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Radiofrequency ablation for cancer is a minimally invasive procedure that uses electrical energy and heat to destroy cancer cells.
The radiologist uses imaging tests to guide a thin needle through the skin or through an incision and into the cancer tissue. High-frequency energy passes through the needle and causes the surrounding tissue to heat up, killing the nearby cells.
Radiofrequency ablation is most commonly used to treat a spot of cancer that is causing problems such as pain or other discomfort, and is generally not used as the primary treatment for most cancers.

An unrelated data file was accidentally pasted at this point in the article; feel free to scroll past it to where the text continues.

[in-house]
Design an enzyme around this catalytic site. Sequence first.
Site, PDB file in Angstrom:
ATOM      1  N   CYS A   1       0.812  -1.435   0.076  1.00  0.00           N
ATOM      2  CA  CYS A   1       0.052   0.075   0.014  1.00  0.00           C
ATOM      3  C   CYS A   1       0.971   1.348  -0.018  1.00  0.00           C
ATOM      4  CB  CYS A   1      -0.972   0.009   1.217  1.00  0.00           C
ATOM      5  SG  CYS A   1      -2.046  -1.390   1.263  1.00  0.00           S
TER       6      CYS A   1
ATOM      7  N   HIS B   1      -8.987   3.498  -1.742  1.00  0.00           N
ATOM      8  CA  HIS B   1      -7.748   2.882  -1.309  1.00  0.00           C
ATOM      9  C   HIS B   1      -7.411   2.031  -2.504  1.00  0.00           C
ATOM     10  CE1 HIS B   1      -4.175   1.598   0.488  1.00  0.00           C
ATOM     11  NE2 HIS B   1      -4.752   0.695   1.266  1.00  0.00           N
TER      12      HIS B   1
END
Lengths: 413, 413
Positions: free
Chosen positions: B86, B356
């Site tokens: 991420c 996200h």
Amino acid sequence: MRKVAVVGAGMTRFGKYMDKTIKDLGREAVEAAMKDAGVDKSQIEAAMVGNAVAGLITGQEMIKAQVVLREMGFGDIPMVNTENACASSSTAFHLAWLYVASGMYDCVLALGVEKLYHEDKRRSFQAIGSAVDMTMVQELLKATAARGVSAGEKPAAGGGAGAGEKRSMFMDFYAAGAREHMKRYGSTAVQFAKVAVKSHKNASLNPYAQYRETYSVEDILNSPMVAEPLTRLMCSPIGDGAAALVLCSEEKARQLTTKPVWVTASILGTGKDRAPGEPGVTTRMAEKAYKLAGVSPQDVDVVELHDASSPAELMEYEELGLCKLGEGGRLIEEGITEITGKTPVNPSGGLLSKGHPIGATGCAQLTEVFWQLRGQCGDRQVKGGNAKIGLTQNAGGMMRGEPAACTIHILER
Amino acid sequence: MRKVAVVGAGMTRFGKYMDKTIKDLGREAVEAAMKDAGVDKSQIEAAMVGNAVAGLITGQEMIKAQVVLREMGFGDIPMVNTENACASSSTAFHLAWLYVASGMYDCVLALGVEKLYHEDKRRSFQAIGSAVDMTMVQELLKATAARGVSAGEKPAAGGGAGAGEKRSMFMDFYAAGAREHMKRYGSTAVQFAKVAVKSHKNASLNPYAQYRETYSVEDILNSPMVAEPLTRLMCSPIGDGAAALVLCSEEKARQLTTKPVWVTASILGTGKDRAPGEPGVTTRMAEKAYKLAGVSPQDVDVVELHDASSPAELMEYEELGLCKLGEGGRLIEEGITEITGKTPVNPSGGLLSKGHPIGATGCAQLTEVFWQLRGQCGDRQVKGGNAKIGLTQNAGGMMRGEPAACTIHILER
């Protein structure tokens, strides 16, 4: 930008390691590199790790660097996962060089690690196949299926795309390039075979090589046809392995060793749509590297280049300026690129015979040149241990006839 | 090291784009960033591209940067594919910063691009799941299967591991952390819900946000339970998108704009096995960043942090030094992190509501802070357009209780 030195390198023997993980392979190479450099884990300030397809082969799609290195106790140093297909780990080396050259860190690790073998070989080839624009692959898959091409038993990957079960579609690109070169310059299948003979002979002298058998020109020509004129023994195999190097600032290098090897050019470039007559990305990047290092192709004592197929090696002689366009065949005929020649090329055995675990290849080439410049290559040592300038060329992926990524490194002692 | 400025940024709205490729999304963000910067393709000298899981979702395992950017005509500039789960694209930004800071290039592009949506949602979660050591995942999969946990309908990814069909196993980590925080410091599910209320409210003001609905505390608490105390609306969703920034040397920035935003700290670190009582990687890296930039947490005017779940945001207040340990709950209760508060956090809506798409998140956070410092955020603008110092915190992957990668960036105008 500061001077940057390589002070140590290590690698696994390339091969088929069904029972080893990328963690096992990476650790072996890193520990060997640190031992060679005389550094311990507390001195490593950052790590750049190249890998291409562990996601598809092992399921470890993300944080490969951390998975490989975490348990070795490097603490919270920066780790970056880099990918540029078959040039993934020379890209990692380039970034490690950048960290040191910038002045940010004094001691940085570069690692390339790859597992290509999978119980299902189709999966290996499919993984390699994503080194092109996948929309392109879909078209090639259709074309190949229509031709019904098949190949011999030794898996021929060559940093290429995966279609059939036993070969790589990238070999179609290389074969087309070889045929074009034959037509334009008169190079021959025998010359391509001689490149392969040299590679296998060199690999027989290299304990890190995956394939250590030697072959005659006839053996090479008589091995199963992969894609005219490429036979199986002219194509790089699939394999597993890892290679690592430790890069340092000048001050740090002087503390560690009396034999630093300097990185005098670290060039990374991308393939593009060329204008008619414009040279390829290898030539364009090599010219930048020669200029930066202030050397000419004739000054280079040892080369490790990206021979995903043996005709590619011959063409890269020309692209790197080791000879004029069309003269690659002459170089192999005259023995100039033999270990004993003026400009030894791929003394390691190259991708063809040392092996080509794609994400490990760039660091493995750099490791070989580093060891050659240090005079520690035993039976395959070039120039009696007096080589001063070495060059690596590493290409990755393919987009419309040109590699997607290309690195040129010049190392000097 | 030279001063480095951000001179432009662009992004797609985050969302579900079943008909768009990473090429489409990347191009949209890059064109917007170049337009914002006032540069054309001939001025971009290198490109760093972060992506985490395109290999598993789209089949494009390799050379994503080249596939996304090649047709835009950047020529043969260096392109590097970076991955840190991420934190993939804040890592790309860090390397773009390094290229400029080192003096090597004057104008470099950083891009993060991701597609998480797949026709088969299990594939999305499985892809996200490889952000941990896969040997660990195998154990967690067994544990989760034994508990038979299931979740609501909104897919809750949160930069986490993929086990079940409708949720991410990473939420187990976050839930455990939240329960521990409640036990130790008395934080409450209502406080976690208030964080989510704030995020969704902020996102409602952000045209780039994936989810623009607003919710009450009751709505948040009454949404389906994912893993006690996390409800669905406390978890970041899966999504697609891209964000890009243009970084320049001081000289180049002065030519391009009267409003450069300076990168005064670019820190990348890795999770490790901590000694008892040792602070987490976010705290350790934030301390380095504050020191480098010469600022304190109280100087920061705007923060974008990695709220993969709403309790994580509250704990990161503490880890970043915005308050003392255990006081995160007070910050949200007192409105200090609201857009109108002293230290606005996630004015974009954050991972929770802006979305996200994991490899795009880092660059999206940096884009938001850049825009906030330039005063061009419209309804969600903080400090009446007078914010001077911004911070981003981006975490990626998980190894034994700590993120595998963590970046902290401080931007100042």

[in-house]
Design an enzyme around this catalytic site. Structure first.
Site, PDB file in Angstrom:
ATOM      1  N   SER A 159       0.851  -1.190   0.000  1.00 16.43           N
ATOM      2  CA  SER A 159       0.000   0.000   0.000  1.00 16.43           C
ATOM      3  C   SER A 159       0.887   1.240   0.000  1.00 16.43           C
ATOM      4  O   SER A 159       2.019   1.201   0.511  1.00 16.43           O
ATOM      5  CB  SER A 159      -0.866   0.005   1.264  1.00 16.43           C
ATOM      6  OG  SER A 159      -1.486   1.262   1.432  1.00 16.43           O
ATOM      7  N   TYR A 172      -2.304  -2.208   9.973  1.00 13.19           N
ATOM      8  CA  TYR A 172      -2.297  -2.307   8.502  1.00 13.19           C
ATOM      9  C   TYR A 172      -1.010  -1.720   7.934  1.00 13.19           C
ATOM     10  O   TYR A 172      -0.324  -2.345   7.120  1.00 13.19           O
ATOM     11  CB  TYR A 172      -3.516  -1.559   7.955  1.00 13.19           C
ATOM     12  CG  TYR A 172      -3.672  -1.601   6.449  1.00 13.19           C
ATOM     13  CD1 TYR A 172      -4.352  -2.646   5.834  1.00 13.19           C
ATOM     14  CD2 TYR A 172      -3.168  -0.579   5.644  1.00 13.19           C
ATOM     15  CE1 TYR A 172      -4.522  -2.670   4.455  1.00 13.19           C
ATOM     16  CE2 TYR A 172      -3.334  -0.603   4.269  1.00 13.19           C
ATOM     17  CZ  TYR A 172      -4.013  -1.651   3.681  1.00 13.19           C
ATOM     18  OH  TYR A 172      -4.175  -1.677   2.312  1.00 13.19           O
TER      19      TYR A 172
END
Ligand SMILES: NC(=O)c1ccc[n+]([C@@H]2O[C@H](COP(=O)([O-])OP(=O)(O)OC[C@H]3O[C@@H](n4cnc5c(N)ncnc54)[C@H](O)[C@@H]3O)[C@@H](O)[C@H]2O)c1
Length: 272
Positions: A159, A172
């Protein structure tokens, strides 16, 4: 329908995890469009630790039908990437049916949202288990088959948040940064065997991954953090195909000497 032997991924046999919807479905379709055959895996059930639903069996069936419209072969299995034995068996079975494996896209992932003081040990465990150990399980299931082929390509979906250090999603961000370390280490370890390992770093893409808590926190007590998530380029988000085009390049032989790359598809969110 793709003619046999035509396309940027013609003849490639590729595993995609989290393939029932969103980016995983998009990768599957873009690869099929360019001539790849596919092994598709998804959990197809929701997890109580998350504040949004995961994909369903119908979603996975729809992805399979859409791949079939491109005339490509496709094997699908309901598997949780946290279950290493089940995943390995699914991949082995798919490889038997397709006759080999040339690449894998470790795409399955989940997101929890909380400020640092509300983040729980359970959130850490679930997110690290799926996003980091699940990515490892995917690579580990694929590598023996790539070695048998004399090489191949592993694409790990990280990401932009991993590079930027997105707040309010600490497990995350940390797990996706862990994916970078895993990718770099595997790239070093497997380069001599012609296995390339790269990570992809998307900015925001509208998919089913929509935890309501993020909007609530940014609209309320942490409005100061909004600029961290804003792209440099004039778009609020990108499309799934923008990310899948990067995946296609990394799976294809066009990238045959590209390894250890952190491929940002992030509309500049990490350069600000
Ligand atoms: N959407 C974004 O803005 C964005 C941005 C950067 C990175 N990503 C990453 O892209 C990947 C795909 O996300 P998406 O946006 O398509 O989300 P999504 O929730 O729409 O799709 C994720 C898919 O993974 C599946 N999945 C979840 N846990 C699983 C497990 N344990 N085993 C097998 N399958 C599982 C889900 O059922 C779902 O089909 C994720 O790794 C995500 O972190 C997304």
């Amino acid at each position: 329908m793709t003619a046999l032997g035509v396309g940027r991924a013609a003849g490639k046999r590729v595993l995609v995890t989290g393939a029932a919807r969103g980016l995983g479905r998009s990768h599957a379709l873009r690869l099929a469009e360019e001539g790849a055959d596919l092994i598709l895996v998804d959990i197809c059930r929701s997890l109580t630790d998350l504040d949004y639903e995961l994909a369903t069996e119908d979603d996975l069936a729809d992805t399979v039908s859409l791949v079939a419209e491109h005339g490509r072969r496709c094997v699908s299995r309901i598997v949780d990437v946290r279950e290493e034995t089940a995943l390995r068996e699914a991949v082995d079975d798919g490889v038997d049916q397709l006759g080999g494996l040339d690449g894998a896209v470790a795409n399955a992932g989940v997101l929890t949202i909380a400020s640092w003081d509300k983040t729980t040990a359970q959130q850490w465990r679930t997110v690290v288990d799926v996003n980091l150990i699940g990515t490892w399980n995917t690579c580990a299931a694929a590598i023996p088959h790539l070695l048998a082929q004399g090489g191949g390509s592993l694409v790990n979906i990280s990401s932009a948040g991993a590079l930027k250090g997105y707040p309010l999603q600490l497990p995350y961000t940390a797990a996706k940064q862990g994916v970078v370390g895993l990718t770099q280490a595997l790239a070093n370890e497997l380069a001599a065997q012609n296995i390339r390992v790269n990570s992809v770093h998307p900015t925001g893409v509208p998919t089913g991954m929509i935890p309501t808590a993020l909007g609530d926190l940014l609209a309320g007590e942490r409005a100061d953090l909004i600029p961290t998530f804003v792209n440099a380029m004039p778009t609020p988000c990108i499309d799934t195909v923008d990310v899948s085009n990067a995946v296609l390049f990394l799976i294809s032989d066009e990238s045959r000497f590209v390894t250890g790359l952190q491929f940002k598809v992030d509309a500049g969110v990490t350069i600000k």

Radiofrequency ablation is sometimes used to treat cancers in the:
Radiofrequency ablation is typically considered a treatment option only if you’re not a good candidate for surgery for some reason — such as your overall health or the presence of many small tumors in an organ.
Radiofrequency ablation may also be an option for treating precancerous cells in the esophagus that are associated with Barrett’s esophagus. Radiofrequency ablation is one of several types of ablation therapy used to treat a wide range of conditions.
Possible side effects after ablation therapy include abdominal pain, infection in the liver, fever and abnormal liver tests. Serious complications are uncommon, but they are possible.